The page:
An intake form can help you identify other services a client might need, whether that be services you provide or referrals you could make.

This, in turn, helps you understand their broader needs, so you can become more of a trusted advisor. You're able to go beyond the initial scope of engagement and offer more value to foster long-term client satisfaction and loyalty.

4. Reduce risk and liability

The client intake form can also be part of your risk management practice. It provides a record of information the client provided, as well as a note that the client approved the budget or fee structure.

Sometimes, clients can provide incorrect information and then blame you when this impacts their work later on. Having clients sign and date the intake form can help to protect you. (Although it's always good practice to double-check the information provided on the form with the client, especially if something seems strange.)

5. Showcase a professional image and branding

More than just your run-of-the-mill questionnaire, a client intake form (when implemented correctly) can also contribute to your professional image.

A visually appealing and user-friendly intake form conveys a sense of professionalism, attention to detail, and a commitment to providing a positive client experience. In other words, it can make you look good. More than that, it can differentiate your firm from competitors and leave a lasting positive impression on clients.

What to include on your client intake form

Now that we've got the basics of client intake forms under our belt, let's discuss what these forms actually look like and the information to include.

1. Include a welcome message

Many companies like to begin their client intake form with a quick personal message or welcome email. This is good practice, and you can use a client intake form template to swap out details and make writing the welcome message a breeze.

2. Asking for contact information is essential

The first and most essential information your client intake form needs to gather is contact details so you know the best people to contact and how to get in touch with them. Here's what to include:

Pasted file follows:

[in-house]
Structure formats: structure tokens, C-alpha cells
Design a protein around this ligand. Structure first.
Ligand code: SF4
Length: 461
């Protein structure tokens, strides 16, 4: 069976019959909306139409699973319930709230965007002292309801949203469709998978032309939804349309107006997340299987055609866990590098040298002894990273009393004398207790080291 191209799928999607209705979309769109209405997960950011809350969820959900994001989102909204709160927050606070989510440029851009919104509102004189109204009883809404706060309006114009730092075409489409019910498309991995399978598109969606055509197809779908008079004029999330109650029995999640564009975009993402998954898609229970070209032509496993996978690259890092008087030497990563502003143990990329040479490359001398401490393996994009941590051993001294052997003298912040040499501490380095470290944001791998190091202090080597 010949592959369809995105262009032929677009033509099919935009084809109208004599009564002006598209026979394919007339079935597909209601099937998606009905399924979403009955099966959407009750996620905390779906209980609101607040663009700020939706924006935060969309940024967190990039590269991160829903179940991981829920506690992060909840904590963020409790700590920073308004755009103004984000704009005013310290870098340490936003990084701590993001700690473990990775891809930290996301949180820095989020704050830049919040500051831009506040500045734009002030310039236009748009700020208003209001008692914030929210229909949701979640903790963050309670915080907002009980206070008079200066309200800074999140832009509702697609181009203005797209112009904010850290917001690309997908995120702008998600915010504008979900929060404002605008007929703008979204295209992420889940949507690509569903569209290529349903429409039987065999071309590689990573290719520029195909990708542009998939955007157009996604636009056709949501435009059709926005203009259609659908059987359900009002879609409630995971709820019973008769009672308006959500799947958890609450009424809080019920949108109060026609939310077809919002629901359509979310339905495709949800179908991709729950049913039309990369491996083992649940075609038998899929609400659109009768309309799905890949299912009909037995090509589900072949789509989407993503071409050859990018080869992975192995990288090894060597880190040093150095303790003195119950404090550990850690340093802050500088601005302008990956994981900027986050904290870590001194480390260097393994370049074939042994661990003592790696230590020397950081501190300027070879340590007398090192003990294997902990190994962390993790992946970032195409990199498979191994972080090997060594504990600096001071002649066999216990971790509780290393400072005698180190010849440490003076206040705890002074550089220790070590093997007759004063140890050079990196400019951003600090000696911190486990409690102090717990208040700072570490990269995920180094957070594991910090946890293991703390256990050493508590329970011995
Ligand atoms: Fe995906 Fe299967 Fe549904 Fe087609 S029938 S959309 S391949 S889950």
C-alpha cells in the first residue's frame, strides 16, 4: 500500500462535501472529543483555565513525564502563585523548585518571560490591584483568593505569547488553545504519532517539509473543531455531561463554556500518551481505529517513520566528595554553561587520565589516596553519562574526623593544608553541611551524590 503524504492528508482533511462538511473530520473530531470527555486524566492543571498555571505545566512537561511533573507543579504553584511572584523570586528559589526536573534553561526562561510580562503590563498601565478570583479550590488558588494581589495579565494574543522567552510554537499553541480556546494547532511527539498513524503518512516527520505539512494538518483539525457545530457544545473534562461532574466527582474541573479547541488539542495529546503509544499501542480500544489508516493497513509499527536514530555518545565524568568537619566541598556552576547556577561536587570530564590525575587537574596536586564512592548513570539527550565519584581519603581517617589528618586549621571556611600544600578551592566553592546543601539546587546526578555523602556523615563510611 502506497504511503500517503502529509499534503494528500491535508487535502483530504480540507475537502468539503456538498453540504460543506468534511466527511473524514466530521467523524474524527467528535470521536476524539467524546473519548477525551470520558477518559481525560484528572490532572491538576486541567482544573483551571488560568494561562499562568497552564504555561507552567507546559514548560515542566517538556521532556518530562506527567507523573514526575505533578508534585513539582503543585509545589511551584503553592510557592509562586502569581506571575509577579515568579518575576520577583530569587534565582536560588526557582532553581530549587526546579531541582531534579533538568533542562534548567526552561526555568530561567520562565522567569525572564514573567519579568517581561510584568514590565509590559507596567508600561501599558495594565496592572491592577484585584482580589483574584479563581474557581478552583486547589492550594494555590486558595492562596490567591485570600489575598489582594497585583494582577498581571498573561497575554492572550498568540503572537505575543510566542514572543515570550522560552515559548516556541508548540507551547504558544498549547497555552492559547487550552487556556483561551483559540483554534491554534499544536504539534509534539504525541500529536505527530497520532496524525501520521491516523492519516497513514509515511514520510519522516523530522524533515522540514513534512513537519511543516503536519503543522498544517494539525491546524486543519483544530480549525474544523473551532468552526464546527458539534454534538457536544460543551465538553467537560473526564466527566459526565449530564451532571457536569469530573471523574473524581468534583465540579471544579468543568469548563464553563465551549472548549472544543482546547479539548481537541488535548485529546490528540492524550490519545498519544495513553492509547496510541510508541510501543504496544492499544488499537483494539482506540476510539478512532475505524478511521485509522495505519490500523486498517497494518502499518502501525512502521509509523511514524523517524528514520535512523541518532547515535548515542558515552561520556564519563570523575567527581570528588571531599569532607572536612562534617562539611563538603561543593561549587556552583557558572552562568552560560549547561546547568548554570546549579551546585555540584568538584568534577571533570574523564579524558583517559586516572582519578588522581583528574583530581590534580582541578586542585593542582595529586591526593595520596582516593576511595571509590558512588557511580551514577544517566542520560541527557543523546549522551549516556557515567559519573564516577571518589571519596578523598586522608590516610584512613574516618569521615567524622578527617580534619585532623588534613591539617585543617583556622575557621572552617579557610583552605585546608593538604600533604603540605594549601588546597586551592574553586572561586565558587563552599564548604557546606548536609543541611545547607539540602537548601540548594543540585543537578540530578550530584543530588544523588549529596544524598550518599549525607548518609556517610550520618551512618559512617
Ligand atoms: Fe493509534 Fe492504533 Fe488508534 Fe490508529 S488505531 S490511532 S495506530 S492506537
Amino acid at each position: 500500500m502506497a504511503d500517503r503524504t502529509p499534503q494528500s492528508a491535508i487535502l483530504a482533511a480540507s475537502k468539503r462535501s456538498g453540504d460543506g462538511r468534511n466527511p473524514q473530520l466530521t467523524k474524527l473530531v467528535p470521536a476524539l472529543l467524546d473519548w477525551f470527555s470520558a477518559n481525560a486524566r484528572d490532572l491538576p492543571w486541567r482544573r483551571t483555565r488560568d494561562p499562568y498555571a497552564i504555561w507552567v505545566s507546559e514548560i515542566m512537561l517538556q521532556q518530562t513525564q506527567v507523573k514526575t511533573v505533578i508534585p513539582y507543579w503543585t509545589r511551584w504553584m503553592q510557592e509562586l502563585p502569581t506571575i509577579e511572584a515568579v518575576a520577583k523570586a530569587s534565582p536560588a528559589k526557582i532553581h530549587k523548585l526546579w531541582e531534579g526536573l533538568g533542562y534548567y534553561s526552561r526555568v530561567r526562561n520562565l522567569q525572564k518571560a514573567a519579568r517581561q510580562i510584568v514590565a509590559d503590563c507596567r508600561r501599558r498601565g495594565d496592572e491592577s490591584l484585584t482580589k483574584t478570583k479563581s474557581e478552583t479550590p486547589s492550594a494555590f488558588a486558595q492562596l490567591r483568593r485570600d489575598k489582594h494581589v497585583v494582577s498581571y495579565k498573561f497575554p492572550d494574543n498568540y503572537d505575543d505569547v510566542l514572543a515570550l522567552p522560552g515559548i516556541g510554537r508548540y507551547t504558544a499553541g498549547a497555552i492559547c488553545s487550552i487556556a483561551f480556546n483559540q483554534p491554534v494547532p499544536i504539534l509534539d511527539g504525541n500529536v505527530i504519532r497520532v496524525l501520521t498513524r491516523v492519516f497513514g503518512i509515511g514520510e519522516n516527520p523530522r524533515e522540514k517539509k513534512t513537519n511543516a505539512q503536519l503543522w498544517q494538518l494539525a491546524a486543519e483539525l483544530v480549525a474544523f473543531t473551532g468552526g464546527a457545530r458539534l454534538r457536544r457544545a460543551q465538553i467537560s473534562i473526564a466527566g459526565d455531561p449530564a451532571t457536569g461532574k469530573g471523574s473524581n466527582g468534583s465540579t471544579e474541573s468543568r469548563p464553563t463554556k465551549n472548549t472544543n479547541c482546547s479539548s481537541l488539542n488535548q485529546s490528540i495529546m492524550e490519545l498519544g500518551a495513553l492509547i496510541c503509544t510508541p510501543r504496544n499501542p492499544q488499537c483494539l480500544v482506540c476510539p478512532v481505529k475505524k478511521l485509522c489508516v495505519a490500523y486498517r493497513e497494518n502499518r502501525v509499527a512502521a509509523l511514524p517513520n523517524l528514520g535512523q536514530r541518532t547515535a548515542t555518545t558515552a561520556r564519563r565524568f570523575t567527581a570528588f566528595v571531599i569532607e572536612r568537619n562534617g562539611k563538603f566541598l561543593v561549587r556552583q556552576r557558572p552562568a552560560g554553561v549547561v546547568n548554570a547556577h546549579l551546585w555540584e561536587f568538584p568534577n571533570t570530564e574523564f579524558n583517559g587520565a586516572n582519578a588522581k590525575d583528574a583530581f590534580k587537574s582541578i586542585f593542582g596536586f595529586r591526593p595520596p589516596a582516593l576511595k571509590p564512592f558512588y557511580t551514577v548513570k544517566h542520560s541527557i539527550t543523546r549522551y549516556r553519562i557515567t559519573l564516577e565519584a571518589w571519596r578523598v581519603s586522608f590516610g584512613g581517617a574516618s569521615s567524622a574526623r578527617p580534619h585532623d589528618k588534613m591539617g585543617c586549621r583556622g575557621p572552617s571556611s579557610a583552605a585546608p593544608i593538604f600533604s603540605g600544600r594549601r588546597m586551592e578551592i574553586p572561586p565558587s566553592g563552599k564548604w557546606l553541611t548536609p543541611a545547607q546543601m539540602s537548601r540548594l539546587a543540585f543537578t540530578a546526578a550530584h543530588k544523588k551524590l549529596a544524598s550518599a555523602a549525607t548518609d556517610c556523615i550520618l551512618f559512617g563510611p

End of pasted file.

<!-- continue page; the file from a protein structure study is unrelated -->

• Client's name.

  • Address.

  • Phone number.

  • Email address.

  • Point of contact(s).

3. Ask your client about their company background

Depending on the nature of the service, it may be helpful to request information about the client's business background. In this section, you can consider asking questions about their:

  • Industry.

  • Company size.

  • Years in operation.

4. What do they need from you and what services do they require?

Ask the client to specify the services they require or the challenges they need help with. This allows you to effectively tailor your offerings and address the client's specific needs.

For example, if you're a tax preparer, you'll want to inquire about the client's tax situation, including their filing status, previous year's tax returns, relevant forms, and any specific tax issues or considerations.

If you're a marketing consultant, you'll want to include questions about their current marketing channels, campaigns, and areas where they need assistance.

The questions asked will differ depending on your business. Try to keep the list short – you don't want the client to spend so much time answering it that they feel overwhelmed.

You'll have the chance to ask more questions during your initial meeting. For now, what you're trying to do is gather the essential information you need to move forward.

5. Ask them to fill in a checklist as they complete your intake form

Close your form with a checklist, so the client can tick items off once they're done. If there are further calls to action that aren't part of the form, include these here so your client remembers to complete them.

How to create an intake form